• Biopsy for brain and spinal cord tumours – A biopsy can be performed independently or concurrently with brain surgery to treat the tumour. Learn what to anticipate from a brain tumour biopsy.
  • Lumbar puncture – An examination of the fluid that surrounds the brain and spinal cord is done through a lumbar puncture.
  • Neuroendoscopy to take a sample of tissue – To remove a tissue sample from a brain tumour, you could have a Neuroendoscopy.
  • Blood tests – Blood tests can be used to diagnose specific forms of brain tumours as well as evaluate your general health.
  • Physical examination – What happens during a physical examination and how is your nervous system tested by your doctor? (Neurological examination).


Most non-cancerous brain tumours have no known cause, however, some factors increase your risk of getting one:

  • You are over 50 years old.
  • You have a family history of brain tumours
  • You have a genetic disorder such as Neurofibromatosis type 1, Neurofibromatosis type 2, Tuberous Sclerosis, Turcot syndrome, Li-Fraumeni cancer syndrome, Von Hippel-Lindau syndrome, or Gorlin syndrome that raises your risk of developing a non-cancerous-brain-tumour.
  • You underwent radiotherapy.


After treatment, some benign brain tumours might return (recur). Working with your treatment team and adhering to their recommended course of action for aftercare is crucial. Blood tests, physical examinations, and imaging (MRI) are all examples of follow-up care. Make sure to discuss any new or escalating symptoms with your healthcare professional.

When to call a doctor

Consult a doctor if you experience any of the above-mentioned symptoms, especially if your headache feels different from the type you often get or if it is growing worse.

Even though you might not have a brain tumour, these symptoms need to be investigated.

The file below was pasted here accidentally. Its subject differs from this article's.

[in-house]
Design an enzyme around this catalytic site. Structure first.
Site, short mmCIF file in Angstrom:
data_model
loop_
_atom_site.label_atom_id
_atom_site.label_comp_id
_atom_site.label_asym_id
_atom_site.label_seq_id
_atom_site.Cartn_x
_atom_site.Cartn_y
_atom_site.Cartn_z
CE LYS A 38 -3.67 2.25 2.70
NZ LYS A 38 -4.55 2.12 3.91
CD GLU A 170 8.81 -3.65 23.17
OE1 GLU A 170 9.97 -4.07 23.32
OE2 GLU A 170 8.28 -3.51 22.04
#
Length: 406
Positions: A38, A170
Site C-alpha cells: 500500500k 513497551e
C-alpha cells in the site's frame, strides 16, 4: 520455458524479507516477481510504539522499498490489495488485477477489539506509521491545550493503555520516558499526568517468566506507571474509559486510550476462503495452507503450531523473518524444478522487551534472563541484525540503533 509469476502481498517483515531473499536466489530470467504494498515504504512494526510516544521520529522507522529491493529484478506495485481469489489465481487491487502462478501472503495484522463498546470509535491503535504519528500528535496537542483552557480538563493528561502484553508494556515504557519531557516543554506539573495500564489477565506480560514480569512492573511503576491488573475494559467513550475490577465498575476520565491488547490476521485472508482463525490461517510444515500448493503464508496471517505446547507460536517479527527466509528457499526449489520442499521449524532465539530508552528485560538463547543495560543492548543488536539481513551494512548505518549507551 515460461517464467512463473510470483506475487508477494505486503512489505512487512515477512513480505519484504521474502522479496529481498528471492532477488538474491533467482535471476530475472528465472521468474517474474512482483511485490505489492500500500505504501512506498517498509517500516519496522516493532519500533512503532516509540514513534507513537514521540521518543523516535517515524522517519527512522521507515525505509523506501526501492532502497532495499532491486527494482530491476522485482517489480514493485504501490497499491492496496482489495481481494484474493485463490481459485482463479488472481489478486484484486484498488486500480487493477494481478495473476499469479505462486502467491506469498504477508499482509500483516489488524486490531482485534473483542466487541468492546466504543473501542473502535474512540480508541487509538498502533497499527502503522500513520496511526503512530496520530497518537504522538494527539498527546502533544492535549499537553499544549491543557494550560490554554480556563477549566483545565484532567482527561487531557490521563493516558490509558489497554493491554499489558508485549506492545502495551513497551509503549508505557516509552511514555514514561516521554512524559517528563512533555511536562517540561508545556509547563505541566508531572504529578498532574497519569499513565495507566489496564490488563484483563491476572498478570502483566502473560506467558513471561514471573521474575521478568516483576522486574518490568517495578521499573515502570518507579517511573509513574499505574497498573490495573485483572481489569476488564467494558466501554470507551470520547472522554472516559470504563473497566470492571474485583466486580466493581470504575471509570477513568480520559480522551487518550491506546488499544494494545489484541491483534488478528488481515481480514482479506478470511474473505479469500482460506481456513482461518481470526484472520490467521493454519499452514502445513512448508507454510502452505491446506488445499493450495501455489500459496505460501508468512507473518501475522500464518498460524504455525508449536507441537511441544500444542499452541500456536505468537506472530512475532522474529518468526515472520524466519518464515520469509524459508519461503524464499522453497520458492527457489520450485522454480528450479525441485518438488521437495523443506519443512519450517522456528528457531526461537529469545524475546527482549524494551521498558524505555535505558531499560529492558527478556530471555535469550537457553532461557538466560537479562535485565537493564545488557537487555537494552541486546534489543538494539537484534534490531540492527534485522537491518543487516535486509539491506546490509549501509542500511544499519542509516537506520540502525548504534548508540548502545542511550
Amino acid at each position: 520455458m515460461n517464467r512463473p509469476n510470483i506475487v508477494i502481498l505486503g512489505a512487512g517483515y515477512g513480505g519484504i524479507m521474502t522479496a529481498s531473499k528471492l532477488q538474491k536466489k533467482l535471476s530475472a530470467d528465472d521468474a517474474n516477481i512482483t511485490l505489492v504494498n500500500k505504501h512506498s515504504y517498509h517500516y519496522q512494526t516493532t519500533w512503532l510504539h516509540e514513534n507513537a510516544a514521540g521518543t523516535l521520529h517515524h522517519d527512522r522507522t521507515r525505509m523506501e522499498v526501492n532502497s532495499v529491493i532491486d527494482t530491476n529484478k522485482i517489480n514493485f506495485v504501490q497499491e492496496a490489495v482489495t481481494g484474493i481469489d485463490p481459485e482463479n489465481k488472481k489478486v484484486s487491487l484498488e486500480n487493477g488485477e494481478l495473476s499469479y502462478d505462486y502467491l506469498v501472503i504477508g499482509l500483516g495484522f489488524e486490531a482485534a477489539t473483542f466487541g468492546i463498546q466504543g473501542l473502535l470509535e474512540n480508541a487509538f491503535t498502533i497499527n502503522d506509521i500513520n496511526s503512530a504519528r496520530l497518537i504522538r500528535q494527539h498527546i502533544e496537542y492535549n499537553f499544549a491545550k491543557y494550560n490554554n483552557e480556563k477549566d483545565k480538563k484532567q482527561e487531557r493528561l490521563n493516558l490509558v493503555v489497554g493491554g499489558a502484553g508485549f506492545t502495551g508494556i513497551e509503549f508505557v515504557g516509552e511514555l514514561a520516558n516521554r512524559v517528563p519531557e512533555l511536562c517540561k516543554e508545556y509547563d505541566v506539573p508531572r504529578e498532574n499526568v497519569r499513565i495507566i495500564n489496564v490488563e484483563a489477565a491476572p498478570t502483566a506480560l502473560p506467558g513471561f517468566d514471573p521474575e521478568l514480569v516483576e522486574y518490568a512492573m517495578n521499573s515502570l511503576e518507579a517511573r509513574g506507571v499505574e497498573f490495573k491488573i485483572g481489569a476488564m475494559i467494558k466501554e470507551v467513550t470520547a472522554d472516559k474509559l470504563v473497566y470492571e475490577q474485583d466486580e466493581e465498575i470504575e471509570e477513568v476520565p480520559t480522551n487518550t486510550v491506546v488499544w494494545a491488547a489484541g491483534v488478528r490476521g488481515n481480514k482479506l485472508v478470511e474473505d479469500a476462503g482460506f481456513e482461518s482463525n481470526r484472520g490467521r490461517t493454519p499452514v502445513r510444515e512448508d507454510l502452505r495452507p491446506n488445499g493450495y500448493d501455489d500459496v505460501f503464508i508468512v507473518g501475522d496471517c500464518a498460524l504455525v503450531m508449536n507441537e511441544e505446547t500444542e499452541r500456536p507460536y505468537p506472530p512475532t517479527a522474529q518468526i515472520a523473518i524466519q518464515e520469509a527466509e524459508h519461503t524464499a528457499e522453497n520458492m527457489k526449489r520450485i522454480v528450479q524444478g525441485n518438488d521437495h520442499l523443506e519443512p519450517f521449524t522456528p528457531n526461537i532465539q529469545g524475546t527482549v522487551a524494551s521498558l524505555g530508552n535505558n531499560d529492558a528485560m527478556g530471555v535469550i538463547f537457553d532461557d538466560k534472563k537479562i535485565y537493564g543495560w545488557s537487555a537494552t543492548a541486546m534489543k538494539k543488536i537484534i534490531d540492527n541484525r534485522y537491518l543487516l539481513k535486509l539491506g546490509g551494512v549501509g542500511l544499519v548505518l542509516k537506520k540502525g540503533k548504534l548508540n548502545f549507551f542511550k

The GP may recommend you to a neurologist (a physician who specialises in the brain and neurological system) for more evaluation and tests, such as a brain scan if they are unable to determine a more likely reason for your symptoms.

Children can develop brain tumours, but adults of any age can develop them as well. However, older adults tend to develop them more frequently.

In the UK, a primary brain tumour affects more than 11,000 people annually, almost half of whom have cancer. Many more people have been given a secondary brain tumour diagnosis.


Your benign brain tumour’s kind, location, size, age, and whether it’s causing symptoms will all influence how it’s treated. Radiation and surgery are the two most often used therapies for benign brain tumours.

  • Surgery – Surgery is typically used to treat benign brain tumours. The objective is to eliminate the tumour in its entirety while sparing any healthy brain tissue. Only a portion of the tumour may occasionally be safely removed.
  • Radiation – Radiation is frequently utilised when surgery cannot completely remove the tumour or can only remove a portion of it. Using radiation might be necessary if the tumour reappears after surgery.
  • Monitoring – If your tumour is small, your doctor may decide not to treat the tumour. Instead, they use radiological scans to monitor the tumour (MRIs). They might then choose to treat the tumour if it grows.


Treatment for benign brain tumours might have an impact on your daily life. Depending on where the tumour is or was, you may experience difficulties with your eyesight, speech, movement, etc. After treatment, certain issues might not go away. Many people can eventually return to their regular activities. To regain function, you might need to work with physical, occupational, or speech therapy. You could also want the services of specialists who can assist with issues like hearing and vision.